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The Spokesman-Review Newspaper
Spokane, Washington  Est. May 19, 1883

Driver testifies he wasn’t drunk at time of fatal crash

A Spokane stockbroker admits to drinking alcohol the day his Mercedes crashed into a motorcycle, paralyzing the driver and killing the passenger, but he told jurors he wasn’t drunk.

He’d told the doctor who examined him after the June 2, 2009, crash that he hadn’t had anything to drink because a police officer was in the room, listening.

“I was afraid,” said Jon A. Strine, who is charged with vehicular homicide and vehicular assault for the crash. “I knew (Spokane police Officer Paul) Watson was going to try to pin this on me.”

Strine, 43, wiped away tears during his testimony on Thursday and cried when his lawyer, Carl Oreskovich, asked him if he took “any responsibility” for the crash, which killed Lorri Keller and paralyzed her husband, Gary Keller.

“Yes,” Strine said. “Because I was there. I was driving my car. I didn’t see Gary. He didn’t see me. And I’m sorry … for the accident.”

The prosecutor handling the case, however, questioned if Strine was simply trying to portray himself as a victim to avoid facing responsibility for the deadly collision.

Strine took the stand Thursday, the last day of testimony in the Spokane County Superior Court trial. Closing arguments are expected Tuesday afternoon.

At issue in the trial is a state test that placed Strine’s blood-alcohol level at 0.20, which is more than twice the legal limit for a driver. Defense experts have called the testing method unreliable and say the amount of alcohol Strine consumed that day was not enough to exceed the 0.08 legal limit for driving.

Strine testified Thursday that he drank two Firefly mixed drinks and a Stella Artois draft beer in about two hours at Press bar on South Grand Boulevard before driving Press waitress Jayme Venne to Fast Eddie’s bar on Spokane Falls Boulevard. Venne and her husband had applied for jobs there, and Strine offered to introduce her to the owner.

At the bar, Strine bought a bottle of Fat Tire beer for Venne and a shot of Crown Royal for a friend, then drank a glass and a half of Coors Light and “had a sip or two” of another Crown Royal shot, he testified. They left after about 40 minutes. Strine said he was going to drop Venne off and go home, but he never made it. His Mercedes slammed into the Kellers’ motorcycle at West Fourth Avenue and South Browne Street.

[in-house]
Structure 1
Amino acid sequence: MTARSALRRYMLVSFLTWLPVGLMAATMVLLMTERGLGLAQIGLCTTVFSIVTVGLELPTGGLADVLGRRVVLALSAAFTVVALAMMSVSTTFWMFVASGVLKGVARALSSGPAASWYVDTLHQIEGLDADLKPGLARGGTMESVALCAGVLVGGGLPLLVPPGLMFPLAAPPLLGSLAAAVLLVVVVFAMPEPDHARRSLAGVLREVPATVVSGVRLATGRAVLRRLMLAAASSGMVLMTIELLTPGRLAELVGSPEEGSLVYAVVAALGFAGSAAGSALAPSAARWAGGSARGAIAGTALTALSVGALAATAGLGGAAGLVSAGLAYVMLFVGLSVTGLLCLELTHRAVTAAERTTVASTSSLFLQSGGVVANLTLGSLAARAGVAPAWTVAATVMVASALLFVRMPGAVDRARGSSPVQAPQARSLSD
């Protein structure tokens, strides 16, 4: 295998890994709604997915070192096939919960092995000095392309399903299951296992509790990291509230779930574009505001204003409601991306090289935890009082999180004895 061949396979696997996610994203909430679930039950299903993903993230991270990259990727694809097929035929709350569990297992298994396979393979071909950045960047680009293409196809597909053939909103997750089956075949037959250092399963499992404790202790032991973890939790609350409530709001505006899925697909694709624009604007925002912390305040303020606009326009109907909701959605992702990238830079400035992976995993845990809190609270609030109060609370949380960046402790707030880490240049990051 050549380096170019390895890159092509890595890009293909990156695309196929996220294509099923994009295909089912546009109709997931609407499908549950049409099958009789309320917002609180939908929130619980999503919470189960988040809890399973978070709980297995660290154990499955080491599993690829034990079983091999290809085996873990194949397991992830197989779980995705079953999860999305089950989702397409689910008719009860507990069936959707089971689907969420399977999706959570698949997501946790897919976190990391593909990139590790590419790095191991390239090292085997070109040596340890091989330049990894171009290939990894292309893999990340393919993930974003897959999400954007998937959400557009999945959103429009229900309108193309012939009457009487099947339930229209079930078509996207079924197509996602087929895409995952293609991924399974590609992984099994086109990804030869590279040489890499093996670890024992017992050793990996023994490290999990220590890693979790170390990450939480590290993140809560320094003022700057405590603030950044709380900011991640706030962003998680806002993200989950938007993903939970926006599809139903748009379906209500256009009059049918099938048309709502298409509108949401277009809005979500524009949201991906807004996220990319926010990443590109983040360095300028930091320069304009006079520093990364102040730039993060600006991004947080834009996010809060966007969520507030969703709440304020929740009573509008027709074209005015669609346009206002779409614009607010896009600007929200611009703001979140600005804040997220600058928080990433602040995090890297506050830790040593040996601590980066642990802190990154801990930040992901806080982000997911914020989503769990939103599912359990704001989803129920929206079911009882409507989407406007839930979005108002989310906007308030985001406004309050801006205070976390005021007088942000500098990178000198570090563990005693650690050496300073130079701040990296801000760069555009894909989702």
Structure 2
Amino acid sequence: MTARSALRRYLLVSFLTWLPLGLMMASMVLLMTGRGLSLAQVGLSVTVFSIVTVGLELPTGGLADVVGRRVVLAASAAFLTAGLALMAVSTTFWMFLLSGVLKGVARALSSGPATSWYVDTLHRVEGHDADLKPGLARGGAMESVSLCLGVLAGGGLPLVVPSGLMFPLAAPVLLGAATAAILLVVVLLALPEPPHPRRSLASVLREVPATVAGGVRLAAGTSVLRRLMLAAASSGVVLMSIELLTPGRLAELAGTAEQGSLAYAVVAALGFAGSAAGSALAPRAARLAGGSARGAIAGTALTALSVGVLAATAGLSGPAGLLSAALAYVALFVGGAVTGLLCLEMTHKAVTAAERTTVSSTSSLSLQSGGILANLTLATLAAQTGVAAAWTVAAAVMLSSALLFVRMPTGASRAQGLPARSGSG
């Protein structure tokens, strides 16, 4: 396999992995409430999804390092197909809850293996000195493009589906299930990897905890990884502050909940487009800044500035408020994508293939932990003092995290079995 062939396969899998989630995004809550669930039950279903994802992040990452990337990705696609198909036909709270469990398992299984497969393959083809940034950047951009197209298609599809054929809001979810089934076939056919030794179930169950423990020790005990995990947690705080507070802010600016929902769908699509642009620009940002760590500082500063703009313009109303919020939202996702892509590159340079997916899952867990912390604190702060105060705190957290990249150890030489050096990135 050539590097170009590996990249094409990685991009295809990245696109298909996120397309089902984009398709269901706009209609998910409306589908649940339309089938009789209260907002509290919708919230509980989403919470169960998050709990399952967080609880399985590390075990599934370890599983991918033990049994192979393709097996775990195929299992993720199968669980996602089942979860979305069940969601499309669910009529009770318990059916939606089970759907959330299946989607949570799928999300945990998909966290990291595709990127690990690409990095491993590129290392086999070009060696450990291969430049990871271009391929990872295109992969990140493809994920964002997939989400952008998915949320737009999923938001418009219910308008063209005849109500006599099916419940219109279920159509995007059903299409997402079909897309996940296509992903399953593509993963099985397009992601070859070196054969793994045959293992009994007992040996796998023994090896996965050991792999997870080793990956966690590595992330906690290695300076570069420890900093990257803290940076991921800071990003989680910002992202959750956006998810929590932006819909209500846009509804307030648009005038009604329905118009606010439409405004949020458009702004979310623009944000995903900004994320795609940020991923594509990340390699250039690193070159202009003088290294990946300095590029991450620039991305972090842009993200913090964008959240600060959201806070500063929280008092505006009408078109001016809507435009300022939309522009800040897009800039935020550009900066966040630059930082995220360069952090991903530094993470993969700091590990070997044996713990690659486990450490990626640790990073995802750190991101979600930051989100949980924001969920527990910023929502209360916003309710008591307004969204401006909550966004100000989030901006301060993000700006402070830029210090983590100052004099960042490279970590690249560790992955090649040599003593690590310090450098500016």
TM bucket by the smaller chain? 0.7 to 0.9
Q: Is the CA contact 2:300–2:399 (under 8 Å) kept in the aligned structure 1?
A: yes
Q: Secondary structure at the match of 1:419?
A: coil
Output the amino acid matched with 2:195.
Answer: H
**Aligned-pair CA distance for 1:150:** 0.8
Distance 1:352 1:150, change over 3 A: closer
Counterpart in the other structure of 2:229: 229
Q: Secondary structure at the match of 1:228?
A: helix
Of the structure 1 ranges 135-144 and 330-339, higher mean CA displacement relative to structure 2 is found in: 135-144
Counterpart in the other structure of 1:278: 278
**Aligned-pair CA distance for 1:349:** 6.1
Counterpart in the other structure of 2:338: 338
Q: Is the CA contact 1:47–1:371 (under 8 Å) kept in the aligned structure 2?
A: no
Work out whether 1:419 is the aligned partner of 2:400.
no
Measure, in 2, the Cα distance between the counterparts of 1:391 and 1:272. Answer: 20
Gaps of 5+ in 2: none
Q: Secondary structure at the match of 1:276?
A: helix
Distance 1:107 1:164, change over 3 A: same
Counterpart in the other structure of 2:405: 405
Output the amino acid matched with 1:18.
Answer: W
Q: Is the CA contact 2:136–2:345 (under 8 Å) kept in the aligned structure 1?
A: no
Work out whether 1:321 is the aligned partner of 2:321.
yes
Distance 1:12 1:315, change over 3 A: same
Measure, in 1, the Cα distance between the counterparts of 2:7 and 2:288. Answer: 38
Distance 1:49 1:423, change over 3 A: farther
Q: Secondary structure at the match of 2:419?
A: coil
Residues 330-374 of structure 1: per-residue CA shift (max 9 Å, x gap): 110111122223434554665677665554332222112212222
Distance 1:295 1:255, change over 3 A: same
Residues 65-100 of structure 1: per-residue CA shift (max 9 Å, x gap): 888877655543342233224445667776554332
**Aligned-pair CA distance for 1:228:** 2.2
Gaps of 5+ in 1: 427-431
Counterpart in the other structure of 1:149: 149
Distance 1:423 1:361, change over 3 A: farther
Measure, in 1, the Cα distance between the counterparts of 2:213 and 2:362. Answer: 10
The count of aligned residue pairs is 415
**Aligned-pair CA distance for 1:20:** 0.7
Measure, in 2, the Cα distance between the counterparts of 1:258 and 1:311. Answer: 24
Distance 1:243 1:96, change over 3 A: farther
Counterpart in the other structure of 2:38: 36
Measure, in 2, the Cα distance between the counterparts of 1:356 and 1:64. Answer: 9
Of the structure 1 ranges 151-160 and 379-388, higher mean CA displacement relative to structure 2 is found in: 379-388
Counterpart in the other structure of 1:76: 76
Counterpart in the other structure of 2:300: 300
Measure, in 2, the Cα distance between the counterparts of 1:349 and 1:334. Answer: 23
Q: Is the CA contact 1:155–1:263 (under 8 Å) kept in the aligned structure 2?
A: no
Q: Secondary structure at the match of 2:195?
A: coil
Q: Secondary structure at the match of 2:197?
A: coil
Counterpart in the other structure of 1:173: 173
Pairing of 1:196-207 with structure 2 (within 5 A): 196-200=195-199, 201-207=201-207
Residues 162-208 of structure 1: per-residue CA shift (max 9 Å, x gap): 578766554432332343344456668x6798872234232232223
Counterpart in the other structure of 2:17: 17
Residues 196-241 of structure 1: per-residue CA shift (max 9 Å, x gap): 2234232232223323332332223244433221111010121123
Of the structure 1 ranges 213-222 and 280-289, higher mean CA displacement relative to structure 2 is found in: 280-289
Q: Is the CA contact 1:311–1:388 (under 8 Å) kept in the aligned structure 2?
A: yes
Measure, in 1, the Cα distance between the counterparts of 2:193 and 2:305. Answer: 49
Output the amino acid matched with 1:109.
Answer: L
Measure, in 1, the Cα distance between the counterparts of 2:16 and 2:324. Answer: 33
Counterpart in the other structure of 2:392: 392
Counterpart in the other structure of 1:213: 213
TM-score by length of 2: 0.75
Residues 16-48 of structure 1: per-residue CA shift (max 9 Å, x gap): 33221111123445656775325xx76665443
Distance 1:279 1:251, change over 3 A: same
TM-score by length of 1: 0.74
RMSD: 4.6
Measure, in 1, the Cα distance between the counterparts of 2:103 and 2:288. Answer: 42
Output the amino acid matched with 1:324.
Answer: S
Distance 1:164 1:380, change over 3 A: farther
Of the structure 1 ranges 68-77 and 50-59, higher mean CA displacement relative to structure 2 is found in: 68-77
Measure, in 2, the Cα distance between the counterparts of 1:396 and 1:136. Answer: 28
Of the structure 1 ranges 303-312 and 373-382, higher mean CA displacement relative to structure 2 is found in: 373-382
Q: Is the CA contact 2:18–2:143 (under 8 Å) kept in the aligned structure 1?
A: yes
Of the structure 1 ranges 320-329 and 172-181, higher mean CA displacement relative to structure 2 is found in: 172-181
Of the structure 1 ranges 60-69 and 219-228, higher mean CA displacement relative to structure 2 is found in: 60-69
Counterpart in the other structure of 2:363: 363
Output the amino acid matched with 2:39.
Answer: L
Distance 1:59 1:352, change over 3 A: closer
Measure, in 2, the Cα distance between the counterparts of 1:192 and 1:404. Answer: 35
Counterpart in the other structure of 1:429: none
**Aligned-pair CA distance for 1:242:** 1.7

Strine said Thursday that he never saw the motorcycle.

“I was looking in my mirrors, making sure it was safe to get over, and the next thing I remember is a flash and the airbag going off in my face,” Strine said.

“Prior to the airbag going off had you seen the motorcycle?” Oreskovich asked. “No,” Strine replied.

The crash occurred just after Strine had accelerated to make a last-second lane change. Police estimated his speed at 54 mph in the 30 mph zone; Strine said Thursday that he was driving between 35 and 40 mph. Strine said he sat in his Mercedes after the crash “trying to think what the hell just happened.”

“I see Gary Keller on the ground to my left. Then I can see what I perceive is handlebars right in front of me, right in front of the car. And then I hear sirens,” Strine said. Medics then pulled him from the car.

During cross-examination, Deputy Prosecutor Mary Ann Brady focused on the fact that Strine remained in his Mercedes after the crash rather than trying to help the injured.

“You’re not concerned about anybody but yourself at that point,” she said. Strine, who was not injured in the crash, said he was concerned about pain in his neck. “I didn’t think it was a good idea to move,” he said.

He admitted that Watson had no reason to wrongly accuse him but said he knew from the beginning that the officer “was trying to arrest me.”

“So you want us to believe that you were the victim in this case then?” Brady asked Strine.

“Not at all, ma’am,” Strine said.